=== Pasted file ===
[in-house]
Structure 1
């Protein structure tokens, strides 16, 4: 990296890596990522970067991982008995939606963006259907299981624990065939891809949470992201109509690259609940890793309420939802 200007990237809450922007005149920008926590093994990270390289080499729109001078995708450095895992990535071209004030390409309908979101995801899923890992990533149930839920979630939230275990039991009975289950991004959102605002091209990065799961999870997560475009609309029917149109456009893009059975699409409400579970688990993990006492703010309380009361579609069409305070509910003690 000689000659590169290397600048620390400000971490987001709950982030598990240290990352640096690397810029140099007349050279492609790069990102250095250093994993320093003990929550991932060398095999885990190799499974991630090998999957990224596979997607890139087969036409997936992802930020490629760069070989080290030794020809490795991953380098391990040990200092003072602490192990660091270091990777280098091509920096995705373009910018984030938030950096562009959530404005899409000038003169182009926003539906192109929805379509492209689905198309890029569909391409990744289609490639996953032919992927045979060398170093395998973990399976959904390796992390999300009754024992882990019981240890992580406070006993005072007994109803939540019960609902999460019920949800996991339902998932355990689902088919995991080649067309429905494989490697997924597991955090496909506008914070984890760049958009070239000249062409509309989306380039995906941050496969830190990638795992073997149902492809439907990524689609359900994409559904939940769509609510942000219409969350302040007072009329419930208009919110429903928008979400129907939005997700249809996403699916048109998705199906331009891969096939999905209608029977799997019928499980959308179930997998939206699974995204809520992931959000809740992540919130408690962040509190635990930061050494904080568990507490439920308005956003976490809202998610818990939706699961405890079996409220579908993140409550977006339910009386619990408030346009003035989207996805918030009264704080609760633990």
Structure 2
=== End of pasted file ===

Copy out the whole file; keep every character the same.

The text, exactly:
[in-house]
Structure 1
């Protein structure tokens, strides 16, 4: 990296890596990522970067991982008995939606963006259907299981624990065939891809949470992201109509690259609940890793309420939802 200007990237809450922007005149920008926590093994990270390289080499729109001078995708450095895992990535071209004030390409309908979101995801899923890992990533149930839920979630939230275990039991009975289950991004959102605002091209990065799961999870997560475009609309029917149109456009893009059975699409409400579970688990993990006492703010309380009361579609069409305070509910003690 000689000659590169290397600048620390400000971490987001709950982030598990240290990352640096690397810029140099007349050279492609790069990102250095250093994993320093003990929550991932060398095999885990190799499974991630090998999957990224596979997607890139087969036409997936992802930020490629760069070989080290030794020809490795991953380098391990040990200092003072602490192990660091270091990777280098091509920096995705373009910018984030938030950096562009959530404005899409000038003169182009926003539906192109929805379509492209689905198309890029569909391409990744289609490639996953032919992927045979060398170093395998973990399976959904390796992390999300009754024992882990019981240890992580406070006993005072007994109803939540019960609902999460019920949800996991339902998932355990689902088919995991080649067309429905494989490697997924597991955090496909506008914070984890760049958009070239000249062409509309989306380039995906941050496969830190990638795992073997149902492809439907990524689609359900994409559904939940769509609510942000219409969350302040007072009329419930208009919110429903928008979400129907939005997700249809996403699916048109998705199906331009891969096939999905209608029977799997019928499980959308179930997998939206699974995204809520992931959000809740992540919130408690962040509190635990930061050494904080568990507490439920308005956003976490809202998610818990939706699961405890079996409220579908993140409550977006339910009386619990408030346009003035989207996805918030009264704080609760633990």
Structure 2